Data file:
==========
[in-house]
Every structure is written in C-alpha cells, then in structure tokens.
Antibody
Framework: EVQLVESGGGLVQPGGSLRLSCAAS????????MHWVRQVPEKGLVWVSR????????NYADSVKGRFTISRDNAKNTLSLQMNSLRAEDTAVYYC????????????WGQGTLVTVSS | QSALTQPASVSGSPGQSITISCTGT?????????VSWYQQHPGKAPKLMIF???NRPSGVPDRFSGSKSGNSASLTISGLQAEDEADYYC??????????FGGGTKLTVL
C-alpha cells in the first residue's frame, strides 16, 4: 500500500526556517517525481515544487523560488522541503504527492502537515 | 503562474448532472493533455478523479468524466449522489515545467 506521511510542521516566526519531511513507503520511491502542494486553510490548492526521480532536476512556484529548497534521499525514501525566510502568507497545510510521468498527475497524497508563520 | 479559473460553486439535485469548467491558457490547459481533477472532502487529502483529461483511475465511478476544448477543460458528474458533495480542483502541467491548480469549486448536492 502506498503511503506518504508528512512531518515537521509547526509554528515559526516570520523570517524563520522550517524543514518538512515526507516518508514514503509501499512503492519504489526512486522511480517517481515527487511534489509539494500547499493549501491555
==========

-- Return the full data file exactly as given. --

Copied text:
[in-house]
Every structure is written in C-alpha cells, then in structure tokens.
Antibody
Framework: EVQLVESGGGLVQPGGSLRLSCAAS????????MHWVRQVPEKGLVWVSR????????NYADSVKGRFTISRDNAKNTLSLQMNSLRAEDTAVYYC????????????WGQGTLVTVSS | QSALTQPASVSGSPGQSITISCTGT?????????VSWYQQHPGKAPKLMIF???NRPSGVPDRFSGSKSGNSASLTISGLQAEDEADYYC??????????FGGGTKLTVL
C-alpha cells in the first residue's frame, strides 16, 4: 500500500526556517517525481515544487523560488522541503504527492502537515 | 503562474448532472493533455478523479468524466449522489515545467 506521511510542521516566526519531511513507503520511491502542494486553510490548492526521480532536476512556484529548497534521499525514501525566510502568507497545510510521468498527475497524497508563520 | 479559473460553486439535485469548467491558457490547459481533477472532502487529502483529461483511475465511478476544448477543460458528474458533495480542483502541467491548480469549486448536492 502506498503511503506518504508528512512531518515537521509547526509554528515559526516570520523570517524563520522550517524543514518538512515526507516518508514514503509501499512503492519504489526512486522511480517517481515527487511534489509539494500547499493549501491555